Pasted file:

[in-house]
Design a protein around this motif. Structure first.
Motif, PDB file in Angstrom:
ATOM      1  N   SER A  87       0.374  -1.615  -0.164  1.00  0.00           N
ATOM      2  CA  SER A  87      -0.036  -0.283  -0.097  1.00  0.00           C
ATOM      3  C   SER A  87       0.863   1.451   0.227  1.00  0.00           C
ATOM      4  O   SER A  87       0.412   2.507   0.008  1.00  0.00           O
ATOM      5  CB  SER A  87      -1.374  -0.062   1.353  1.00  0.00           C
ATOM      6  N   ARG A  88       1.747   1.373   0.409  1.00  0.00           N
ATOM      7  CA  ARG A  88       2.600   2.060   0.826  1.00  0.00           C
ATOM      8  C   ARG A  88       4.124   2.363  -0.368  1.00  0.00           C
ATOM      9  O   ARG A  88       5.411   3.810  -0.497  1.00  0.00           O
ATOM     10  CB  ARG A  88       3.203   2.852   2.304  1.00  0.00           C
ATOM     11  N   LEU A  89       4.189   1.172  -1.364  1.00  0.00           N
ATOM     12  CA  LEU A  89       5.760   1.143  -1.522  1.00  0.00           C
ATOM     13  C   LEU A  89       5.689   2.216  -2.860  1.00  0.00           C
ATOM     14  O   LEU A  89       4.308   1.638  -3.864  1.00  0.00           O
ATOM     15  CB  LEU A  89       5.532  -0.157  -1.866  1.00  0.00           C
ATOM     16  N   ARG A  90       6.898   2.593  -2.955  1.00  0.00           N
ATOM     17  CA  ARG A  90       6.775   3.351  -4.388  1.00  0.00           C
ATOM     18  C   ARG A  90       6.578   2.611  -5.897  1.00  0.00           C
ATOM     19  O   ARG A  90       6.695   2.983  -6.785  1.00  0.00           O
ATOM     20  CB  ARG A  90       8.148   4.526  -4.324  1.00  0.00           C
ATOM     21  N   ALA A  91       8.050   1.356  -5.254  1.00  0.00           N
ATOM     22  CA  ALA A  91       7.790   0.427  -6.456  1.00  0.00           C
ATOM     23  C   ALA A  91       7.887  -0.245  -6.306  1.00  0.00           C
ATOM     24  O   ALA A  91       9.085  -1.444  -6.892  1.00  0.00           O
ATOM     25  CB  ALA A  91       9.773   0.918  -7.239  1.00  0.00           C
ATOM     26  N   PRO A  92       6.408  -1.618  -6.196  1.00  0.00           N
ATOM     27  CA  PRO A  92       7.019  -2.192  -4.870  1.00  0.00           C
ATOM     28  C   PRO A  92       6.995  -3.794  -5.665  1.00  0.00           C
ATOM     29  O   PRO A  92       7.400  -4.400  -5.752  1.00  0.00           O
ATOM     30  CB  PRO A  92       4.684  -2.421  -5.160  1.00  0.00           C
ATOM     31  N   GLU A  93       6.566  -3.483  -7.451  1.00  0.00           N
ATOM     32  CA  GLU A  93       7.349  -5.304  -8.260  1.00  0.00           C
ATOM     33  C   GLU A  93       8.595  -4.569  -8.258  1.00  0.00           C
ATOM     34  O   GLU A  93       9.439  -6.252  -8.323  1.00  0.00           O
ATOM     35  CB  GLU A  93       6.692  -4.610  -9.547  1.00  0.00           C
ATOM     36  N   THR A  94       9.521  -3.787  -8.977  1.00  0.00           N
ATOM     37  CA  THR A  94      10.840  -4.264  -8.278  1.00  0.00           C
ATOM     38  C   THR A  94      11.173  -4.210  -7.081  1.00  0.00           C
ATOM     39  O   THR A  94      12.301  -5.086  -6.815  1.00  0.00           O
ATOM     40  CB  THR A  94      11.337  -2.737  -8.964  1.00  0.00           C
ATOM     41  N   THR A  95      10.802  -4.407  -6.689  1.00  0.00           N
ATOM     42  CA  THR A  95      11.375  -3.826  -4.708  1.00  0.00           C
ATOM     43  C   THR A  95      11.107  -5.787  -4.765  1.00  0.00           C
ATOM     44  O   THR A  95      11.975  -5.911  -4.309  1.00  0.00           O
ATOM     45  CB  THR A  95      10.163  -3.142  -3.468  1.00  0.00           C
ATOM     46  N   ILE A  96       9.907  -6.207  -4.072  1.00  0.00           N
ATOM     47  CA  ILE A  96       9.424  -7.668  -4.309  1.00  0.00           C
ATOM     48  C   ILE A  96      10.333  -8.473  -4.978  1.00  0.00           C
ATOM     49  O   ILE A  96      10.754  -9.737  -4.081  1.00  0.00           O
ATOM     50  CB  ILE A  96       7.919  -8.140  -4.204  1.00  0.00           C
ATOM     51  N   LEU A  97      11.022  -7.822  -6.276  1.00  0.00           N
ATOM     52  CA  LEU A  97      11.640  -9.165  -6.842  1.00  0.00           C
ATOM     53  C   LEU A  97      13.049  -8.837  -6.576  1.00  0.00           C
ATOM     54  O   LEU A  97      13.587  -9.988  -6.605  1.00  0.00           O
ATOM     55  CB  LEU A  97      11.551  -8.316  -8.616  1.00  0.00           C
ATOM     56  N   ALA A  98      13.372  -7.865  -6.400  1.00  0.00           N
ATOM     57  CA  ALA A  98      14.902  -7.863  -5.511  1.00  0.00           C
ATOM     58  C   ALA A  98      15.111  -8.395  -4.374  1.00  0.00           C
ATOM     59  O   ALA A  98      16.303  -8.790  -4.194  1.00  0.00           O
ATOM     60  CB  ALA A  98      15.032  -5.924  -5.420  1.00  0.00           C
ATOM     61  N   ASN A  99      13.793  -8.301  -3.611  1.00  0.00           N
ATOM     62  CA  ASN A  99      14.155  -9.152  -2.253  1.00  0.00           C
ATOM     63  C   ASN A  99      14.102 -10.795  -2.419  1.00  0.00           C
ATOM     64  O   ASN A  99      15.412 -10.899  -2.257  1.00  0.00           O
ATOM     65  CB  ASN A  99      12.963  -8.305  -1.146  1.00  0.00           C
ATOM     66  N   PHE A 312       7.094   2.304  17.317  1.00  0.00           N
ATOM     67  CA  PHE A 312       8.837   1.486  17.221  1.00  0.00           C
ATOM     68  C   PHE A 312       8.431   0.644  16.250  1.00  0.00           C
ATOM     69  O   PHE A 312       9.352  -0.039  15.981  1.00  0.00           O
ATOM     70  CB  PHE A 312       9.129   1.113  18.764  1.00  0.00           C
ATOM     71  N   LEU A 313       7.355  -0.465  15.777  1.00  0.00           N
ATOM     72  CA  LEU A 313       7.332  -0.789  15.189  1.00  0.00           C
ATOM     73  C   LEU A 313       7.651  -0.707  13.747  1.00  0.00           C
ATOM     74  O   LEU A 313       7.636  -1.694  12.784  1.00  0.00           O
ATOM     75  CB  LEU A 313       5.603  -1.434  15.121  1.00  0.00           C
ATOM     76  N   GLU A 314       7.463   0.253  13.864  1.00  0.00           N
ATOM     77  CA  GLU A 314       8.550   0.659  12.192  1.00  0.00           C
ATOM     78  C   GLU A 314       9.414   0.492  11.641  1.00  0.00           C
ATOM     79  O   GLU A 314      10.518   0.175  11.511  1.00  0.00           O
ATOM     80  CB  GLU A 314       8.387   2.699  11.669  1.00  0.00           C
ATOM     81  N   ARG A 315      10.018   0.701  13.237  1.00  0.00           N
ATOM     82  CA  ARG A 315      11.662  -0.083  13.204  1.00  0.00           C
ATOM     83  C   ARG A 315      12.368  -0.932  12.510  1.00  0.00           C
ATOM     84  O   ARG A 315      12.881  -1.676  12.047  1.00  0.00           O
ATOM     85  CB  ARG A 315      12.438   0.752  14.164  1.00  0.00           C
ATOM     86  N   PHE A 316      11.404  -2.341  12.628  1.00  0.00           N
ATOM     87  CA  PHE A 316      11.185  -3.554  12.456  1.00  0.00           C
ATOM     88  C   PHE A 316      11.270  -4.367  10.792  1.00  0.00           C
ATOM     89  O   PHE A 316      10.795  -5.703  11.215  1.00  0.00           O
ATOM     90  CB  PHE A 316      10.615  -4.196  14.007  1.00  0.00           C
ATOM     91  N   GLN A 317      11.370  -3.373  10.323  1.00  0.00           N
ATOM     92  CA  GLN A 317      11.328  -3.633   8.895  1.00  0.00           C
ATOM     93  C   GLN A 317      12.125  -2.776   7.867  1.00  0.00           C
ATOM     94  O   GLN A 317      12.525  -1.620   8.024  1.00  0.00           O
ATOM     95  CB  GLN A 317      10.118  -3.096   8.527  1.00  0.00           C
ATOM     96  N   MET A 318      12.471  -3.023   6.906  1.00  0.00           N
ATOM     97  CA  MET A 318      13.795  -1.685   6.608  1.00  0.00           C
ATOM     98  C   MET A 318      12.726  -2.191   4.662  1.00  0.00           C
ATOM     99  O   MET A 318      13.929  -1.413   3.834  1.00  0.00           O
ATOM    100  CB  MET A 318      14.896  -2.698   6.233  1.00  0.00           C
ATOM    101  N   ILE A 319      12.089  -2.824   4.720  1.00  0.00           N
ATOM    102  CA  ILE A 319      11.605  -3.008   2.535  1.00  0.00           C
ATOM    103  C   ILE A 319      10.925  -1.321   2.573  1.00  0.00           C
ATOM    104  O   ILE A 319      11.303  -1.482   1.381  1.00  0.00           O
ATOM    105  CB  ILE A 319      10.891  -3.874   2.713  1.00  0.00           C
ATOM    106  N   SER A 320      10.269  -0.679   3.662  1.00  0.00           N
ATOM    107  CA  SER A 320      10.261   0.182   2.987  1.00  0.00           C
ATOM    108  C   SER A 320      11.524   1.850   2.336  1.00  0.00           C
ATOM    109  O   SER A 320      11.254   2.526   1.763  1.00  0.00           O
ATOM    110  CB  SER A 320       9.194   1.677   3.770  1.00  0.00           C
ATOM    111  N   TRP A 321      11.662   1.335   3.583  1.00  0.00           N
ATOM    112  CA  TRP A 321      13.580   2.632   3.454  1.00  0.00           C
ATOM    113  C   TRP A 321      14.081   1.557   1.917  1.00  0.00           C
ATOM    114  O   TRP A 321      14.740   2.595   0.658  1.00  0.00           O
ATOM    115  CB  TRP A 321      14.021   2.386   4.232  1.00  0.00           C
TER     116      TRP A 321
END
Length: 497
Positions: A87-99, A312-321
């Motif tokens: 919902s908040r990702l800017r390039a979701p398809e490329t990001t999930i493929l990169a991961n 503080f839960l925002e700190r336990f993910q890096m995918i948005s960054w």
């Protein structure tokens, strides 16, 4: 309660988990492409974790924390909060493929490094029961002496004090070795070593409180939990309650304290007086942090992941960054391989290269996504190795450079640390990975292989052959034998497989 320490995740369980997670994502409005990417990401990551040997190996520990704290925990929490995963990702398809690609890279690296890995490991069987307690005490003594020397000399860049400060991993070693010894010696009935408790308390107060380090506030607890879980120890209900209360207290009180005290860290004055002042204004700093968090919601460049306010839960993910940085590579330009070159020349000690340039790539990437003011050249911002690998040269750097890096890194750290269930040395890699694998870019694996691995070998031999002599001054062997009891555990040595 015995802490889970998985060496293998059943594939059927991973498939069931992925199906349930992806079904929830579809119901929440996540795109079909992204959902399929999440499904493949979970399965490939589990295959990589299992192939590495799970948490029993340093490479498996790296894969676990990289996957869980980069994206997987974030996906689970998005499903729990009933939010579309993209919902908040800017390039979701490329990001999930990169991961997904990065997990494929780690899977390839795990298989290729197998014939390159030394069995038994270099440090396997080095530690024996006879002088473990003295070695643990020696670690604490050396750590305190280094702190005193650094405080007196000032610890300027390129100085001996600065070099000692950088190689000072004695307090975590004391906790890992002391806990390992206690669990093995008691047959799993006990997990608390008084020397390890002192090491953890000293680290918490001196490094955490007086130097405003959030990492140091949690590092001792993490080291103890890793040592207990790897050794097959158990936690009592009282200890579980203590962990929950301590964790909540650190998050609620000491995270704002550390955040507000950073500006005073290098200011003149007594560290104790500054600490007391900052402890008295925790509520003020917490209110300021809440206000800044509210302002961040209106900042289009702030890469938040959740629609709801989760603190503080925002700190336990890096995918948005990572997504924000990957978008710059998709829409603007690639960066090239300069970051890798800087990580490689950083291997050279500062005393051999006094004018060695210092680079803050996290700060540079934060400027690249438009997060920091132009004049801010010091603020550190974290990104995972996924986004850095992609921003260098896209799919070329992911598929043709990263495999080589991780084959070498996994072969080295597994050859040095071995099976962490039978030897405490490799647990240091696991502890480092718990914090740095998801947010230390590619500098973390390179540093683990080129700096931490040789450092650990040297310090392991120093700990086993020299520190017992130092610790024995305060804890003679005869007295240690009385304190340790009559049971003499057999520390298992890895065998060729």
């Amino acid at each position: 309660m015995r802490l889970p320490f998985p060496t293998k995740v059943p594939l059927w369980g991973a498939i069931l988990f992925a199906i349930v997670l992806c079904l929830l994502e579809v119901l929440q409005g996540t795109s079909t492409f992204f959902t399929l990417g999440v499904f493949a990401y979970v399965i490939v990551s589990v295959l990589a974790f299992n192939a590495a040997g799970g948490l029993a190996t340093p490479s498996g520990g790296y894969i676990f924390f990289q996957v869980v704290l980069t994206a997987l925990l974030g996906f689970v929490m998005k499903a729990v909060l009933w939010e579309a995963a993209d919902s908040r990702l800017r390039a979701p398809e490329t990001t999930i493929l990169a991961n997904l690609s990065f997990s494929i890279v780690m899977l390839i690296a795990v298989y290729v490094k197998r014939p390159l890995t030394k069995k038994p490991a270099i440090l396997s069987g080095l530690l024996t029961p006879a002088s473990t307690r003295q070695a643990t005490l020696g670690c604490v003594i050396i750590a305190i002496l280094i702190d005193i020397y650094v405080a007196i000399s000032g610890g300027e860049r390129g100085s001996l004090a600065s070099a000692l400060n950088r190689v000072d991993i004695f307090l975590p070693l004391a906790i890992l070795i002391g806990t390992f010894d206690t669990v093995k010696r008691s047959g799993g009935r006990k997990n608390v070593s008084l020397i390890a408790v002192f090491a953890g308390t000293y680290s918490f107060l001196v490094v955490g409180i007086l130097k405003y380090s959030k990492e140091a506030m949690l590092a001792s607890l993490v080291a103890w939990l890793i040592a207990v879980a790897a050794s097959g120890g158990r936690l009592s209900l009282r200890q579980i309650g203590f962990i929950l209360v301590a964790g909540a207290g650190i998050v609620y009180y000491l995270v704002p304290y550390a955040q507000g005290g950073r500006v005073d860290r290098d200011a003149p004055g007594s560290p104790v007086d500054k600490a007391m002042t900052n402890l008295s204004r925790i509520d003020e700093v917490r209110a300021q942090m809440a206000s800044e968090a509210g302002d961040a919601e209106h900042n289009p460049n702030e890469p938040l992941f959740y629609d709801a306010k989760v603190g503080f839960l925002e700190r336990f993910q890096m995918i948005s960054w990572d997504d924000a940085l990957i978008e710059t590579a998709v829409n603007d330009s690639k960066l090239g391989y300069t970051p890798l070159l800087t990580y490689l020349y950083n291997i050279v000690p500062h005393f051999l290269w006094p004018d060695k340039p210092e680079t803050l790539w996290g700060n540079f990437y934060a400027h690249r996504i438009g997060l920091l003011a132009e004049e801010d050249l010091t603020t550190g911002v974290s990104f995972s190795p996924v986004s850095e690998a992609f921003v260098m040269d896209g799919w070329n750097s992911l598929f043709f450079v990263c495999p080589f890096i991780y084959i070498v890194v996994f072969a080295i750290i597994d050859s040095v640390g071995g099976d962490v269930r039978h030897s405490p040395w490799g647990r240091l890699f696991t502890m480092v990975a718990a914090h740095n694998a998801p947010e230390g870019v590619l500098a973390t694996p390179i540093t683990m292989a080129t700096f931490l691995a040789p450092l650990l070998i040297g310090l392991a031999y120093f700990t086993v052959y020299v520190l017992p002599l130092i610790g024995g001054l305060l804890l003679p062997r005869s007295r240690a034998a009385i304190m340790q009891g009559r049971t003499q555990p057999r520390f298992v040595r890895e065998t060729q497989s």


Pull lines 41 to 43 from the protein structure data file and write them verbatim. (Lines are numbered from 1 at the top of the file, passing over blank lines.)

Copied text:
ATOM     38  C   THR A  94      11.173  -4.210  -7.081  1.00  0.00           C
ATOM     39  O   THR A  94      12.301  -5.086  -6.815  1.00  0.00           O
ATOM     40  CB  THR A  94      11.337  -2.737  -8.964  1.00  0.00           C